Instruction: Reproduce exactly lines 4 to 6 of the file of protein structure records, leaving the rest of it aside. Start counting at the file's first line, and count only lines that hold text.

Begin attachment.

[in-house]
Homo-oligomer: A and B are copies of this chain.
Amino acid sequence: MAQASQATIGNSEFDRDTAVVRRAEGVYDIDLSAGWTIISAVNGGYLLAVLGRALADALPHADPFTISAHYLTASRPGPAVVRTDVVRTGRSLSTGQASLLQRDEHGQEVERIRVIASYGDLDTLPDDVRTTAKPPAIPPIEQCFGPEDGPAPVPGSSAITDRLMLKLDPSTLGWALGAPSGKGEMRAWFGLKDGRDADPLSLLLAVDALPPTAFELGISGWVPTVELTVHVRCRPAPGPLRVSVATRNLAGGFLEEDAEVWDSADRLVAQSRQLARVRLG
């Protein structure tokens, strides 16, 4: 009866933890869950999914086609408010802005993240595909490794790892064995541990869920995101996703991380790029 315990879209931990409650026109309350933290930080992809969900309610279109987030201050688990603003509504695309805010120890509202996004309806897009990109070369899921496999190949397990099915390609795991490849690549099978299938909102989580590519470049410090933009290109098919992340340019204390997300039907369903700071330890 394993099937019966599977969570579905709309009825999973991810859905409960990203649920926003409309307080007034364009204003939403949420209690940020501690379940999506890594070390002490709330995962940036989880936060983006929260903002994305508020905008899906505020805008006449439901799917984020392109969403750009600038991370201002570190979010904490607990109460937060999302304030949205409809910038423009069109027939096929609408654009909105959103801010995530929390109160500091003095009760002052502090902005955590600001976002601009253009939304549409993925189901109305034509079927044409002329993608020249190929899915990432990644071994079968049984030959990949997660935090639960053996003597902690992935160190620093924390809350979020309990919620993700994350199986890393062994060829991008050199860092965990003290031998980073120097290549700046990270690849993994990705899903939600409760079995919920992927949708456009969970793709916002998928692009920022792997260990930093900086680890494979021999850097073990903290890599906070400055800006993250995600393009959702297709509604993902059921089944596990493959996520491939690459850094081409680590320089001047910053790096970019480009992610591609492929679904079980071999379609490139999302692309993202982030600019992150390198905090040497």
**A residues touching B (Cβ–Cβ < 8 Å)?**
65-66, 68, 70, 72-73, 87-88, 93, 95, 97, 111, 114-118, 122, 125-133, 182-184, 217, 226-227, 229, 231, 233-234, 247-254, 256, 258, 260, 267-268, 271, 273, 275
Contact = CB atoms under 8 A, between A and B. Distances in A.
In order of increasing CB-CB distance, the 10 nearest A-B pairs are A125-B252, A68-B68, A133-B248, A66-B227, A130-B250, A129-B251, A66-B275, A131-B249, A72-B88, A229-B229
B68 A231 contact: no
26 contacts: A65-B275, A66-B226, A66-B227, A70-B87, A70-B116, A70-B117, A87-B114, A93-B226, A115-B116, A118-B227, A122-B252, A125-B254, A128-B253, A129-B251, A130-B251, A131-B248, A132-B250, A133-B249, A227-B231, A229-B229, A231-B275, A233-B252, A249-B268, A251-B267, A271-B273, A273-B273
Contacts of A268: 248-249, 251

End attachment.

């Protein structure tokens, strides 16, 4: 009866933890869950999914086609408010802005993240595909490794790892064995541990869920995101996703991380790029 315990879209931990409650026109309350933290930080992809969900309610279109987030201050688990603003509504695309805010120890509202996004309806897009990109070369899921496999190949397990099915390609795991490849690549099978299938909102989580590519470049410090933009290109098919992340340019204390997300039907369903700071330890 394993099937019966599977969570579905709309009825999973991810859905409960990203649920926003409309307080007034364009204003939403949420209690940020501690379940999506890594070390002490709330995962940036989880936060983006929260903002994305508020905008899906505020805008006449439901799917984020392109969403750009600038991370201002570190979010904490607990109460937060999302304030949205409809910038423009069109027939096929609408654009909105959103801010995530929390109160500091003095009760002052502090902005955590600001976002601009253009939304549409993925189901109305034509079927044409002329993608020249190929899915990432990644071994079968049984030959990949997660935090639960053996003597902690992935160190620093924390809350979020309990919620993700994350199986890393062994060829991008050199860092965990003290031998980073120097290549700046990270690849993994990705899903939600409760079995919920992927949708456009969970793709916002998928692009920022792997260990930093900086680890494979021999850097073990903290890599906070400055800006993250995600393009959702297709509604993902059921089944596990493959996520491939690459850094081409680590320089001047910053790096970019480009992610591609492929679904079980071999379609490139999302692309993202982030600019992150390198905090040497």
**A residues touching B (Cβ–Cβ < 8 Å)?**
65-66, 68, 70, 72-73, 87-88, 93, 95, 97, 111, 114-118, 122, 125-133, 182-184, 217, 226-227, 229, 231, 233-234, 247-254, 256, 258, 260, 267-268, 271, 273, 275